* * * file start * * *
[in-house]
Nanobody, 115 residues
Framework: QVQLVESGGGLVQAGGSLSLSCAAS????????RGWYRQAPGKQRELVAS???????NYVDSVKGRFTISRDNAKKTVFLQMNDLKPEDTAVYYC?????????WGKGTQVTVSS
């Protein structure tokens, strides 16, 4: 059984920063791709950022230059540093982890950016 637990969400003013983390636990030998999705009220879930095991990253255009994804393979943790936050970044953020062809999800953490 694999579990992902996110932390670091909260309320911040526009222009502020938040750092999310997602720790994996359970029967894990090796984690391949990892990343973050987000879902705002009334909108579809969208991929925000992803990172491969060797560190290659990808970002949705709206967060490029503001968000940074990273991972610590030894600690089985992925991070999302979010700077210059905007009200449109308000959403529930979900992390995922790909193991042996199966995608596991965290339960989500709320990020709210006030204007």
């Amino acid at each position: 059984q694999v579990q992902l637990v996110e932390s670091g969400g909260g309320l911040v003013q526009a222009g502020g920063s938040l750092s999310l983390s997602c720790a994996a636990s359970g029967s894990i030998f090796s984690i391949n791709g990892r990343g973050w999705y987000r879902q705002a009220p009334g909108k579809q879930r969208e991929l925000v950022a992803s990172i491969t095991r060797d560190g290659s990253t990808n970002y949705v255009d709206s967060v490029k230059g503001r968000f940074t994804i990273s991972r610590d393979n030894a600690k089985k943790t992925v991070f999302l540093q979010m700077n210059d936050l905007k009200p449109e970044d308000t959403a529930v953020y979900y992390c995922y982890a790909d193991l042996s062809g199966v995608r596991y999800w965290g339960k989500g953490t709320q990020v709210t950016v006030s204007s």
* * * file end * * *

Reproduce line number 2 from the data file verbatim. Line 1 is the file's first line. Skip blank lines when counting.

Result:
Nanobody, 115 residues